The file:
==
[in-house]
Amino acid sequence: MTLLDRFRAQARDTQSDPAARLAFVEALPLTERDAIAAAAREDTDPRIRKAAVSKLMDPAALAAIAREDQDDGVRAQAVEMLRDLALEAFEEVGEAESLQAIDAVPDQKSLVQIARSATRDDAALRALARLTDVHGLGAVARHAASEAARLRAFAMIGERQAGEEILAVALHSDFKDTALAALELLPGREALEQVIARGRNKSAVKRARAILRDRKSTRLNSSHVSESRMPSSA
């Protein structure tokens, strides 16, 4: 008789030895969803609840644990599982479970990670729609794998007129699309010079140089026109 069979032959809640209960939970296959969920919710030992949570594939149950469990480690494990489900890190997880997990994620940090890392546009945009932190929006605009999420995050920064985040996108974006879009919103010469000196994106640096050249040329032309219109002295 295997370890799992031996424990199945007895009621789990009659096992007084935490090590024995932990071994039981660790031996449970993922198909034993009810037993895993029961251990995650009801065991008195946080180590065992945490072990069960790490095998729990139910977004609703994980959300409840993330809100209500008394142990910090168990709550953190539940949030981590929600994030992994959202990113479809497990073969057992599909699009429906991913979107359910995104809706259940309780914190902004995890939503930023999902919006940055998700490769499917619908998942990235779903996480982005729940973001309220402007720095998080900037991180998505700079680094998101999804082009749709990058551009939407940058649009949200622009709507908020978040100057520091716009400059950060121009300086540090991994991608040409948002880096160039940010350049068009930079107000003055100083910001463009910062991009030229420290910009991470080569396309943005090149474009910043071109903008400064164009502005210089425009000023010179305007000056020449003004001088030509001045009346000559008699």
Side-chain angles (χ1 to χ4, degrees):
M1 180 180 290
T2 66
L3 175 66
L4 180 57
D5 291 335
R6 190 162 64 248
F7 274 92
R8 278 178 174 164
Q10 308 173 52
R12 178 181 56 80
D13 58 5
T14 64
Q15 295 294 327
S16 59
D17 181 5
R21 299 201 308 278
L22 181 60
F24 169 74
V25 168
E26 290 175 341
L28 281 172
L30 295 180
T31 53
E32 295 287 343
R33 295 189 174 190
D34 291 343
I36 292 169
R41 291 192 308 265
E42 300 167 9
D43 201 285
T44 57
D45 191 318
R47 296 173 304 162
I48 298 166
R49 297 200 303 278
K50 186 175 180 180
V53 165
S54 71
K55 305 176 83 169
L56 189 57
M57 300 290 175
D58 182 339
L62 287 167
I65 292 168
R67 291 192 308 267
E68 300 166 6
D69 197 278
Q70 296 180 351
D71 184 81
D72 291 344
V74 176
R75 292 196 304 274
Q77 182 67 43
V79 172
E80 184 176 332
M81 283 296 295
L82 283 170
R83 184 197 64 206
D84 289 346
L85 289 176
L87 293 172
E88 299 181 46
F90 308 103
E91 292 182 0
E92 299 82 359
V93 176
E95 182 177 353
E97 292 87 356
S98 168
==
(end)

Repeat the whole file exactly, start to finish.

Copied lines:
[in-house]
Amino acid sequence: MTLLDRFRAQARDTQSDPAARLAFVEALPLTERDAIAAAAREDTDPRIRKAAVSKLMDPAALAAIAREDQDDGVRAQAVEMLRDLALEAFEEVGEAESLQAIDAVPDQKSLVQIARSATRDDAALRALARLTDVHGLGAVARHAASEAARLRAFAMIGERQAGEEILAVALHSDFKDTALAALELLPGREALEQVIARGRNKSAVKRARAILRDRKSTRLNSSHVSESRMPSSA
């Protein structure tokens, strides 16, 4: 008789030895969803609840644990599982479970990670729609794998007129699309010079140089026109 069979032959809640209960939970296959969920919710030992949570594939149950469990480690494990489900890190997880997990994620940090890392546009945009932190929006605009999420995050920064985040996108974006879009919103010469000196994106640096050249040329032309219109002295 295997370890799992031996424990199945007895009621789990009659096992007084935490090590024995932990071994039981660790031996449970993922198909034993009810037993895993029961251990995650009801065991008195946080180590065992945490072990069960790490095998729990139910977004609703994980959300409840993330809100209500008394142990910090168990709550953190539940949030981590929600994030992994959202990113479809497990073969057992599909699009429906991913979107359910995104809706259940309780914190902004995890939503930023999902919006940055998700490769499917619908998942990235779903996480982005729940973001309220402007720095998080900037991180998505700079680094998101999804082009749709990058551009939407940058649009949200622009709507908020978040100057520091716009400059950060121009300086540090991994991608040409948002880096160039940010350049068009930079107000003055100083910001463009910062991009030229420290910009991470080569396309943005090149474009910043071109903008400064164009502005210089425009000023010179305007000056020449003004001088030509001045009346000559008699």
Side-chain angles (χ1 to χ4, degrees):
M1 180 180 290
T2 66
L3 175 66
L4 180 57
D5 291 335
R6 190 162 64 248
F7 274 92
R8 278 178 174 164
Q10 308 173 52
R12 178 181 56 80
D13 58 5
T14 64
Q15 295 294 327
S16 59
D17 181 5
R21 299 201 308 278
L22 181 60
F24 169 74
V25 168
E26 290 175 341
L28 281 172
L30 295 180
T31 53
E32 295 287 343
R33 295 189 174 190
D34 291 343
I36 292 169
R41 291 192 308 265
E42 300 167 9
D43 201 285
T44 57
D45 191 318
R47 296 173 304 162
I48 298 166
R49 297 200 303 278
K50 186 175 180 180
V53 165
S54 71
K55 305 176 83 169
L56 189 57
M57 300 290 175
D58 182 339
L62 287 167
I65 292 168
R67 291 192 308 267
E68 300 166 6
D69 197 278
Q70 296 180 351
D71 184 81
D72 291 344
V74 176
R75 292 196 304 274
Q77 182 67 43
V79 172
E80 184 176 332
M81 283 296 295
L82 283 170
R83 184 197 64 206
D84 289 346
L85 289 176
L87 293 172
E88 299 181 46
F90 308 103
E91 292 182 0
E92 299 82 359
V93 176
E95 182 177 353
E97 292 87 356
S98 168